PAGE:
The map of human metabolism published in Science Signaling


Today, the paper describing the Metabolic Atlas ( was published in the journal Science Signaling. The metabolic map, also partly incorporated into the Human Protein Atlas, enables exploration of the most extensive mapping of human metabolism to date. Biochemical information and connectivity for thousands of reactions, compounds, and genes comprising human metabolism is presented with hundreds of interactive 2D and 3D maps.

Metabolism is the collection of chemical reactions supplying the building blocks and energy necessary to sustain life. Metabolic Atlas is a knowledgebase of metabolism enabling users to visually navigate human metabolism at the level of entire cellular compartments or individual metabolic pathways. The content of Metabolic Atlas derives from a new genome-scale metabolic model, Human1, which was developed in parallel with the web resource. Human1 enables integrative analysis of human biological data and simulation of metabolite flow through the reaction network.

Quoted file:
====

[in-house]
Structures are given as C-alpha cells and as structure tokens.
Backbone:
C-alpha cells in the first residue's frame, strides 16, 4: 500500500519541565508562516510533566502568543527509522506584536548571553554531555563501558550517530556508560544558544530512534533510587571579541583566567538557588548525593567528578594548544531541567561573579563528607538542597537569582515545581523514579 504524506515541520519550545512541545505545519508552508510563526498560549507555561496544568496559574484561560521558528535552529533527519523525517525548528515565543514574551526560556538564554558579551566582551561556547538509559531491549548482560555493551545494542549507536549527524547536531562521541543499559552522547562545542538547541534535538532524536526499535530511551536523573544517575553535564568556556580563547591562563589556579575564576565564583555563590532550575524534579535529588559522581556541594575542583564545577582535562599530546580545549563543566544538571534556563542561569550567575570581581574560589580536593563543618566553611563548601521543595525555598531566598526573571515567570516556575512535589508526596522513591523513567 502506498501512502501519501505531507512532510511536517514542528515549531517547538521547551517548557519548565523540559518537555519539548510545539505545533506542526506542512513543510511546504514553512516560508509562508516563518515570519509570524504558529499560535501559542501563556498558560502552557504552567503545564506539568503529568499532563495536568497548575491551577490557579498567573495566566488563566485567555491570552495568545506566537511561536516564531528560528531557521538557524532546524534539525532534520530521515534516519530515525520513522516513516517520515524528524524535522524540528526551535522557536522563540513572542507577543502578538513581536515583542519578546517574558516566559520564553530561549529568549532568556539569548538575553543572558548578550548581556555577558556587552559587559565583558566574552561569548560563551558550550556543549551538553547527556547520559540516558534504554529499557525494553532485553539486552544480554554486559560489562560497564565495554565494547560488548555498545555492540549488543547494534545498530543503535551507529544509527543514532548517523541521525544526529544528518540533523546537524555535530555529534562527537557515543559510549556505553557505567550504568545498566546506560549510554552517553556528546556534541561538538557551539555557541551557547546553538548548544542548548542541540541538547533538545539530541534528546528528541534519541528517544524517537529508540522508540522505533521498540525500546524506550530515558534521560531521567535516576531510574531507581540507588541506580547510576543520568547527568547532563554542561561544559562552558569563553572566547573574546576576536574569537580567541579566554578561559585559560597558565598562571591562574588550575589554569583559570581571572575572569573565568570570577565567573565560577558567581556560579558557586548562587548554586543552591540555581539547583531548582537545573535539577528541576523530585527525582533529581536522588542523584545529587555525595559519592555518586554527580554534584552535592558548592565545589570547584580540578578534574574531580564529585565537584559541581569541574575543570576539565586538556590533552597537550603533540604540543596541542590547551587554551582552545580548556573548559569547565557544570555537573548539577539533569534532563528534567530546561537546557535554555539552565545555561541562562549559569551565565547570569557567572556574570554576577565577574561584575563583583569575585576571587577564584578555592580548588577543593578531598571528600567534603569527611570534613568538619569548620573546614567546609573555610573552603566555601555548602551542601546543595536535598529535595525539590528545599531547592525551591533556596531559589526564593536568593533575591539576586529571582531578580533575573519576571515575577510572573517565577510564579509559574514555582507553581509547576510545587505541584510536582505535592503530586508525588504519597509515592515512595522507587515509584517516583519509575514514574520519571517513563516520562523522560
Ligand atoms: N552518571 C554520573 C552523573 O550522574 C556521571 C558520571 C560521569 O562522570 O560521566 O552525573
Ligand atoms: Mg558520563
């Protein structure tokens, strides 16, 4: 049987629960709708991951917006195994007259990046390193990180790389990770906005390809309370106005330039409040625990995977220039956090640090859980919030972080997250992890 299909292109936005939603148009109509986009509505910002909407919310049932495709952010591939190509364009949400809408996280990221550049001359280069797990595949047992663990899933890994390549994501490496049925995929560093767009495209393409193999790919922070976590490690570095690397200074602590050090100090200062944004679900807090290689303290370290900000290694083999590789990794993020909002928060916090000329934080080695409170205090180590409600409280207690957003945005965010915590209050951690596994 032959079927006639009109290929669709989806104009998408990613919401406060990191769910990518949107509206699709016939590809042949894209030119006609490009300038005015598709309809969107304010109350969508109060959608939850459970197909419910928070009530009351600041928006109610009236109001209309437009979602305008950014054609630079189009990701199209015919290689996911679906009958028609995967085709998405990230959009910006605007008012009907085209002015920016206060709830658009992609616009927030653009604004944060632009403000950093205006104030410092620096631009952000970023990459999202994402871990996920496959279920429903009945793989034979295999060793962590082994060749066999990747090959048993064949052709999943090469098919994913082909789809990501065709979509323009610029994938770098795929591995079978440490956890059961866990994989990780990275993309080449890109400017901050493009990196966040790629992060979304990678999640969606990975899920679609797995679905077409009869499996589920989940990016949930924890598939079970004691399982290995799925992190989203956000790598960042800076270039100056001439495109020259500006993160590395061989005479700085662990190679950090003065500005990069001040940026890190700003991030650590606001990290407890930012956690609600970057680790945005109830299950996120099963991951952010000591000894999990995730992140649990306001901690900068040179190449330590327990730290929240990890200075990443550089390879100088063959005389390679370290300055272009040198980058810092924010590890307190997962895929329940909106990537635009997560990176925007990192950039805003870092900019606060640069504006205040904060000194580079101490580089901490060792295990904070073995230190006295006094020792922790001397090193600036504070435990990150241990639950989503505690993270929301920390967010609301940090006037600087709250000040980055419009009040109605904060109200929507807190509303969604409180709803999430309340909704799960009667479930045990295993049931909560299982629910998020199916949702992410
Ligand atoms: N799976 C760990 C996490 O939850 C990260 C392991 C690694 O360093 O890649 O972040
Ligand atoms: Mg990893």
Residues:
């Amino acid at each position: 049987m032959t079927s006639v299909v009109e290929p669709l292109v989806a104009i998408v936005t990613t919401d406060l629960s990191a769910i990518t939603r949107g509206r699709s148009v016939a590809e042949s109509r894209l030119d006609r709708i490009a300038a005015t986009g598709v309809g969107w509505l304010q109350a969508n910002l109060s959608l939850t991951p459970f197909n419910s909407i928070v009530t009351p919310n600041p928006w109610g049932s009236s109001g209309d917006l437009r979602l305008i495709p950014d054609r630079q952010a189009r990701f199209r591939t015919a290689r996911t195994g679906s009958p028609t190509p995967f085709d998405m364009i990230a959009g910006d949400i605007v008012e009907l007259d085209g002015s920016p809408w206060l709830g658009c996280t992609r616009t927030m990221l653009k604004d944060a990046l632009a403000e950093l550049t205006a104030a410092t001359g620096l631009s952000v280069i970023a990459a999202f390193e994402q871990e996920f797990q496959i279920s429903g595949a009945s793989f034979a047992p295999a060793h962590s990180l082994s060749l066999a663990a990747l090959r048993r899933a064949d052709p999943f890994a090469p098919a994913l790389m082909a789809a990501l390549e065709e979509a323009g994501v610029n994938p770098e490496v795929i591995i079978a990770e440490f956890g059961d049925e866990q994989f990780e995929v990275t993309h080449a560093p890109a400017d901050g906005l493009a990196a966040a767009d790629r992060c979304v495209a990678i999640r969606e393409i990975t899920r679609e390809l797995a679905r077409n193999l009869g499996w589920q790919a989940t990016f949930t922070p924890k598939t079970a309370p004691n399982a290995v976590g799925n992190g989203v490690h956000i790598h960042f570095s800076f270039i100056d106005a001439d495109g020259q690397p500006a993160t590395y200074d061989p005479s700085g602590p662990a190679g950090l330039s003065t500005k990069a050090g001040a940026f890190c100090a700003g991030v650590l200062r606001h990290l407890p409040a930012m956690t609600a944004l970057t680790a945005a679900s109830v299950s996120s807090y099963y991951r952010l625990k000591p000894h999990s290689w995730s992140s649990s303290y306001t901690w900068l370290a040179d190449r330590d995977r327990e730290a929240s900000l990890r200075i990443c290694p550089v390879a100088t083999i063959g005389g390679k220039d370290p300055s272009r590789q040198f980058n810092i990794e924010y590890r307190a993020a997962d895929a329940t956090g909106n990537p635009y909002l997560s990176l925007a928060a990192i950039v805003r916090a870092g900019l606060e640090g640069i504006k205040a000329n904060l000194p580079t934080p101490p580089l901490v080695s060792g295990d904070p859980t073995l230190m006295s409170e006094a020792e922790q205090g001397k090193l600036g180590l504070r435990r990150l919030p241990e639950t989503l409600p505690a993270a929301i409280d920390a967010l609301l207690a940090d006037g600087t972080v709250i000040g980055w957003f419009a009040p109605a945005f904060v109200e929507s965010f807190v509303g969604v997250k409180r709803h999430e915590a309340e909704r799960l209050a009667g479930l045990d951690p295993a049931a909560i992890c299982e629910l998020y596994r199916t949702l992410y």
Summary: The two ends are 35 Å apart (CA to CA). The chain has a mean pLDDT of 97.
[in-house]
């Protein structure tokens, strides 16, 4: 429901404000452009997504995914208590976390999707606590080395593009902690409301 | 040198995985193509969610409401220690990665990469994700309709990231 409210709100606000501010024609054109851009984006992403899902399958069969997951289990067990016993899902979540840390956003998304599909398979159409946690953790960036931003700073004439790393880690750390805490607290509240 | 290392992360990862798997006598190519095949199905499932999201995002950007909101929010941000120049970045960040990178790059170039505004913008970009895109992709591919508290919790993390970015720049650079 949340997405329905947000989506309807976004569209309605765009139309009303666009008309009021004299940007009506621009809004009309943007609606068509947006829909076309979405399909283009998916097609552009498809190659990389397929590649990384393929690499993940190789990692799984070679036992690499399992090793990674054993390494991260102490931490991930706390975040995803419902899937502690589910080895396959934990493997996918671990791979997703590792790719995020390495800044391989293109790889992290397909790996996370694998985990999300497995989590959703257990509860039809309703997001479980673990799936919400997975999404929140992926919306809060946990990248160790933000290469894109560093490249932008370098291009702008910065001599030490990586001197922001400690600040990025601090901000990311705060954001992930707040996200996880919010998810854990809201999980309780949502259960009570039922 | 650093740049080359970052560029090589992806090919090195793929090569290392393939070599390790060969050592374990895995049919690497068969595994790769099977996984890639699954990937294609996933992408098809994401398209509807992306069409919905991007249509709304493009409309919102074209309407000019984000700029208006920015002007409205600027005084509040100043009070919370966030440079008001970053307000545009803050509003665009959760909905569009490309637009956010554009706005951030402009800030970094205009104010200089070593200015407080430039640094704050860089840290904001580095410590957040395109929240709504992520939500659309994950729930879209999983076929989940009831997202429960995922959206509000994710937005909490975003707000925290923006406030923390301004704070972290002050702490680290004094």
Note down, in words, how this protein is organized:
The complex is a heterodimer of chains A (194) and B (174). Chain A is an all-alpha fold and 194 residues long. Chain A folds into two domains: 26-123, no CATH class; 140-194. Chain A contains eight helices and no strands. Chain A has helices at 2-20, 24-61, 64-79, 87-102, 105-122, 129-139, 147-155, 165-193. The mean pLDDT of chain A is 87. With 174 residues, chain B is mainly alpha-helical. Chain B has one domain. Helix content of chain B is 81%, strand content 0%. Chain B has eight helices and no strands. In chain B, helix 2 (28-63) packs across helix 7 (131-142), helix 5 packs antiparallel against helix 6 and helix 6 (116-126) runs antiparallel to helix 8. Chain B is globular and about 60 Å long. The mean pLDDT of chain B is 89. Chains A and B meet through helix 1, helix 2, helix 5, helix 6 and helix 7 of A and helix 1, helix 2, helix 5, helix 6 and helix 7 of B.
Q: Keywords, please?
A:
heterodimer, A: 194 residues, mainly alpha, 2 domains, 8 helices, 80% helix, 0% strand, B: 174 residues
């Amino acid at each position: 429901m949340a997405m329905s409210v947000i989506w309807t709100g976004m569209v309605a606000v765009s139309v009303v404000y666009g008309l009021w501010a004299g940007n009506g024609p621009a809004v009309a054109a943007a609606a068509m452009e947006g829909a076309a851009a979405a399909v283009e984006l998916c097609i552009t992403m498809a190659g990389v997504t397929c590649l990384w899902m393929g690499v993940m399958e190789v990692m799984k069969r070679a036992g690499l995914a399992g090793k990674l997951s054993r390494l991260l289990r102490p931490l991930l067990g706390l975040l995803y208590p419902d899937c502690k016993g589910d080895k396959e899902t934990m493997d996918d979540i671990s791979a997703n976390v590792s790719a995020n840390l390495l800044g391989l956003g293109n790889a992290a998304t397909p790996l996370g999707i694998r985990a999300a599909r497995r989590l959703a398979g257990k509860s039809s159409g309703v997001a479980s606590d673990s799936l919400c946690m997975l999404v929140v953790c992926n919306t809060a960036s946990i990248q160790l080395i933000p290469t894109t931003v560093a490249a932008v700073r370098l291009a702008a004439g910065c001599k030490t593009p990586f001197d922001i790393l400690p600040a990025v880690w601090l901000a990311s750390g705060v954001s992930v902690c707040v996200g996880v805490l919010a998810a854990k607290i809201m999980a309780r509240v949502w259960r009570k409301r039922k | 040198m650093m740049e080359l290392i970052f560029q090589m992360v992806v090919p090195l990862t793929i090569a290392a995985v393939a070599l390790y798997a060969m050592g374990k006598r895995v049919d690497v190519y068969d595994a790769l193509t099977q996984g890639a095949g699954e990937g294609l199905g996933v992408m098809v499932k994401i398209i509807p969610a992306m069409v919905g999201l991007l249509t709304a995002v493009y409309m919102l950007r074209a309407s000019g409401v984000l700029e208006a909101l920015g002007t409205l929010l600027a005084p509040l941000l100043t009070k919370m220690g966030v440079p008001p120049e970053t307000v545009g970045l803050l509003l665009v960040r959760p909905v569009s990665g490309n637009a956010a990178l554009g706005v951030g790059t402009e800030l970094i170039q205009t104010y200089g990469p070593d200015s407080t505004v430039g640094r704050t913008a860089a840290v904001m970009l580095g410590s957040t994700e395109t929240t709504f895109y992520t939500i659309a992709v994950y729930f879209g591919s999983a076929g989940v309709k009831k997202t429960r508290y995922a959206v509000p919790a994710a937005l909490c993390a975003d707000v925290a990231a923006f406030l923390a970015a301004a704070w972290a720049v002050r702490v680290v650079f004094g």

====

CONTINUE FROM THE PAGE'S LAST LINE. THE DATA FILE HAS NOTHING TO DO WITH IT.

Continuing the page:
The Metabolic Atlas is integrated in the Tissue Atlas part of the Human Protein Atlas, providing a metabolic summary of proteins that describes their associated reaction pathways and cellular compartments. The metabolic portion of the Tissue Atlas presents maps of pathways in which a protein participates, accompanied by a heatmap detailing the mRNA levels measured across different human tissue types.

The project is headed by Prof. Jens Nielsen in the Department of Biology and Biological Engineering at Chalmers University of Technology, and conducted in close collaboration with The Human Protein Atlas and National Bioinformatic Infrastructure Sweden (NBIS). The work was funded by the Knut and Alice Wallenberg Foundation (

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